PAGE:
Part of it has already been destroyed to make way for a new road- despite there being an existing access road. Presumably the old road will be sold off with the Oak Field beds. Incidentally the Oaks (the name sake of the Oak Field Beds) were illegally felled in what the council described as the greatest Tree Preservation Order offence in the local authority history. The landowner claims that they just disappeared one weekend and he doesn't know anything about it. He has basically got away with it. He is even refusing to acknowledge a compulsory replacement notice- the council is so weak they won't even bother trying to prosecute. The criminality and corruption surrounding the whole development of the Beddington Farmlands Site of Importance for Nature Conservation is astounding and once again proves that the planning and political system does not protect nature and biodiversity against capitalist interests and requires fundamental reform. It also sends out a stark and frightening warning that we are heading into a capitalist dictatorship and democracy is slipping away under our noses with only minimal resistance. The dictatorship will of course ultimately be abused in the most horrific ways and history will once again repeat itself and punish generations who fail to defend their own freedom and resources.
 This Burnished Brass- the moth made of 'gold leaf' was present in the area that the capitalists are planning on destroying. The vegetation has become impenetrable here- ecologists cant get in to monitor it anymore either- which I presume is the reason they have fenced it off. Traditionally has been the staging site for up to 40 Green Sandpipers. Today I managed to walk a few meters into the area and flushed this burnished brass and up to 6 Mother of Pearls- the area holds precious vast biodiversity communities. The Capitalist do not give a flying fuck. They presumably want a warehouse in there to sell shit to people whose brains are unfortunately filled with shit.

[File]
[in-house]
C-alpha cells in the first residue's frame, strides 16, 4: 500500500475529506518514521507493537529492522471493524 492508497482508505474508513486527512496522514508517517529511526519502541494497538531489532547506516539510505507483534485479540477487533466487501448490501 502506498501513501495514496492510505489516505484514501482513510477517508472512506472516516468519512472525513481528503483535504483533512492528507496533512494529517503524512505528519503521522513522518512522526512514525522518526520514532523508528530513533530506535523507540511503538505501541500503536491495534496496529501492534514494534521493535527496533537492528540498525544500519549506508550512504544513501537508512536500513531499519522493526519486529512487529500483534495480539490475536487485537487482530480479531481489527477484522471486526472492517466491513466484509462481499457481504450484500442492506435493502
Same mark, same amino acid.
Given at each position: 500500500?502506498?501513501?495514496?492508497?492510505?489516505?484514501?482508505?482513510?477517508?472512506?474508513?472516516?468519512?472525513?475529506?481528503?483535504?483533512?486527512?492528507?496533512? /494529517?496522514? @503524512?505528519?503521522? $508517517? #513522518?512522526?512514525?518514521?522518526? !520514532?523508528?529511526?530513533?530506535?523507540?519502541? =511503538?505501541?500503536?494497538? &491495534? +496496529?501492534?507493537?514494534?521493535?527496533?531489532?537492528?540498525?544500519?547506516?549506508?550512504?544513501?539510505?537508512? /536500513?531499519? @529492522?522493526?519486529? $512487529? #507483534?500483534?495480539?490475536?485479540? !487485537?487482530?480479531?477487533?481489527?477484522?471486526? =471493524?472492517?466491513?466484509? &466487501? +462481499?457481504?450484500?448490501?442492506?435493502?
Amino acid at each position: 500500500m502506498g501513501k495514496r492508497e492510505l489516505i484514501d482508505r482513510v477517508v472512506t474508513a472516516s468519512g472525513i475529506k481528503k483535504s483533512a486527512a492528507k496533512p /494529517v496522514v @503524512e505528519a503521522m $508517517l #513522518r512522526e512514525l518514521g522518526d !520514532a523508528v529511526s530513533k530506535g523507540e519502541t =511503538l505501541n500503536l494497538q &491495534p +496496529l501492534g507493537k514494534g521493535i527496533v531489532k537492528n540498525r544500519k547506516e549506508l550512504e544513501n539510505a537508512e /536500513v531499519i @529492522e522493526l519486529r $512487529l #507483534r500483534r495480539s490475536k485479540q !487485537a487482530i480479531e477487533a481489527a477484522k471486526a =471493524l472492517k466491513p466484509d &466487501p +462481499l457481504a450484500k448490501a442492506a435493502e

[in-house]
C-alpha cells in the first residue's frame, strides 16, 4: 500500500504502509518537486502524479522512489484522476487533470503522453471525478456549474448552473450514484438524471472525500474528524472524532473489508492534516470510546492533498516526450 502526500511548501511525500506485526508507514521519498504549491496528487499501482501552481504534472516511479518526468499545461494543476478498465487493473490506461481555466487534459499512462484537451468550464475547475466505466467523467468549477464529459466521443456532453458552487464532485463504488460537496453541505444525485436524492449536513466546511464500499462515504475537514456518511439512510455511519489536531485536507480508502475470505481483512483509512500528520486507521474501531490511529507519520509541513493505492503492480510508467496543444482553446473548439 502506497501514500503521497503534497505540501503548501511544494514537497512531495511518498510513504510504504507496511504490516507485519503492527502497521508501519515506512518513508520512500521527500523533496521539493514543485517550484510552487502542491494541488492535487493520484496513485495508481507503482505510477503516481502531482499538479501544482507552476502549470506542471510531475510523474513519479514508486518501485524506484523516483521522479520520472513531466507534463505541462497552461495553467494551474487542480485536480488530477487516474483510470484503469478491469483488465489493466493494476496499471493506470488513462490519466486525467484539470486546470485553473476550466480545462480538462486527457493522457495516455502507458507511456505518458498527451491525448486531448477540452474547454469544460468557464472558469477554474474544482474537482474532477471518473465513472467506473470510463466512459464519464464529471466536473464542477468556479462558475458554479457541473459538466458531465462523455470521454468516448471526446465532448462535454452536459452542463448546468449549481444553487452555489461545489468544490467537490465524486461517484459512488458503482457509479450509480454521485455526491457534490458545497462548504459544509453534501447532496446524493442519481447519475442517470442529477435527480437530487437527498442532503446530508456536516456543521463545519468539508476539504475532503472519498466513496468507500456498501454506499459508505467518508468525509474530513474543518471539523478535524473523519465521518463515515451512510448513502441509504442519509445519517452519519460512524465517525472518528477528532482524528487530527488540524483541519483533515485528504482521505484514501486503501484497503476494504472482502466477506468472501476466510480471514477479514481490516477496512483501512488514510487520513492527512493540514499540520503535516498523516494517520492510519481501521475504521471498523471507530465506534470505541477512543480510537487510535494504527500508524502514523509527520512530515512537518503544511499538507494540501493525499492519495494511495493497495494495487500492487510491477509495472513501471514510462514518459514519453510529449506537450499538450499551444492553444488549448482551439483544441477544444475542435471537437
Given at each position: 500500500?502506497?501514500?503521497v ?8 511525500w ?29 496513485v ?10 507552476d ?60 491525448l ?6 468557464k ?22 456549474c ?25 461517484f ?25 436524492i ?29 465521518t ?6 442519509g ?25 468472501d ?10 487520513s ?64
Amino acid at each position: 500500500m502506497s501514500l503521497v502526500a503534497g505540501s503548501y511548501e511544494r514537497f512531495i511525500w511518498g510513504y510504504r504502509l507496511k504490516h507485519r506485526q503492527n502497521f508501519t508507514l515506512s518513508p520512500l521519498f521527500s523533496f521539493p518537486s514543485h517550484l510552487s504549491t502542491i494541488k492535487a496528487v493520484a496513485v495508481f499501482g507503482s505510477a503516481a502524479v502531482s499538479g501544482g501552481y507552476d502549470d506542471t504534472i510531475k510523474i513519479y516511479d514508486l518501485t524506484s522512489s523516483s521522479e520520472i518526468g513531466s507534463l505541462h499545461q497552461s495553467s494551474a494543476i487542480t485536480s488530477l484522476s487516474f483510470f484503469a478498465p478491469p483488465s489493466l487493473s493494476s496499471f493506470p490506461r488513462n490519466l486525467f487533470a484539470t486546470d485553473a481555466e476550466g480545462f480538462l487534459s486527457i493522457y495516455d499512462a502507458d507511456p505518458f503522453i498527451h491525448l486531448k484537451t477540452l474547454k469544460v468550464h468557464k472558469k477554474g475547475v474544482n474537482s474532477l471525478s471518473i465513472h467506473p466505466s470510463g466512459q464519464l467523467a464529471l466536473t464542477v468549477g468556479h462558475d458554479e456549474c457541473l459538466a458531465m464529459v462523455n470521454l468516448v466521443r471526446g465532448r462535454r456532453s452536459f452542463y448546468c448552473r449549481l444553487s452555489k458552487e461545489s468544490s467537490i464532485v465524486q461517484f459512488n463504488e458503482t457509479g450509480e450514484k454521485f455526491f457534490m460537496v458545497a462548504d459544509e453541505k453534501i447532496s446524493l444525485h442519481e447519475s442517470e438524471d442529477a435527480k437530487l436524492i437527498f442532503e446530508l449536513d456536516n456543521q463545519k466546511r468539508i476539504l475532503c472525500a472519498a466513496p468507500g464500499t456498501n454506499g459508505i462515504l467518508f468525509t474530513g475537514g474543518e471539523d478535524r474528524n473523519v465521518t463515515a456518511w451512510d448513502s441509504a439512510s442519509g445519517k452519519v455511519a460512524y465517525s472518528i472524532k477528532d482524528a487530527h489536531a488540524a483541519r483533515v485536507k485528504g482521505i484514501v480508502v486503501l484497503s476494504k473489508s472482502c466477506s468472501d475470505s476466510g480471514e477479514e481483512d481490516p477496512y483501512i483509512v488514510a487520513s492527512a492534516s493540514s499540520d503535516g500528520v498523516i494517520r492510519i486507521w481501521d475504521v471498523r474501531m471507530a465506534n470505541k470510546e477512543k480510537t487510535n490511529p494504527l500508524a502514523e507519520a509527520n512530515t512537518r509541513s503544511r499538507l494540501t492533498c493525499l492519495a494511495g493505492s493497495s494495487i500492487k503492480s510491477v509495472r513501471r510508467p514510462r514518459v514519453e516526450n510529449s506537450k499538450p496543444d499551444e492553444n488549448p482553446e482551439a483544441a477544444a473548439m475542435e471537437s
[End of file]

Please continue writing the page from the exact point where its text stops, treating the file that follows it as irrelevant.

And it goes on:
Willow Warbler- lest we forget the birds on a birding blog Sir Ian! A few lemon coloured juvs about. Pretty quiet on the bird migrant front today.

Saturday, 13 August 2016

Bits and Bobs

Here's a few bits and bobs from the last week or so:

 Two juvenile Little Egrets- on 100 acre yesterday evening found by Christian- a new member to the bird group.  Been a few autumn migrants in the week.
 The first Snipe of the autumn (been a couple about). Also been a Wood Sand in the week (I heard it from the obs), 10 Green Sand, 2 Common Sandpiper and up to 30 Lapwing (below). 

 A few autumn ducks including up to 6 Teal, a Shoveler and 3 Gadwall. Also the odd flock of Swift moving through, a Buzzard on Thursday, Hobby most days and mixed tit and warbler flocks moving around the edges. 
 I presume this is a rufous form of one of the regular Knothorns?
 Oak Processionary Moths. Had six on one night and singles on other nights. I've been asked to report these to the local authority and collect the specimens. The species is a controlled species due the risks (potentially fatal) they pose as caterpillars.  
 White-point- in Gillian's Garden on Tuesday when maintaining the wildlife garden there 
 Yellow-barred Brindle- a new for the year
 Oak Bush Cricket- had the odd one coming to the light trap and found the odd one in the Obs garden. On the insect front also had 6 Migrant Hawkers together yesterday evening on Mile Road Bridge and still some Red-eye Damselflies on the Northern Lake 
 The Obs freezer- complete with naturally killed birds that I will practise preparing skins on 

Prepared a skin for the juvenile Crossbill that Pooran found on Bedzed- a very scarce local bird that's well worth keeping for prosperity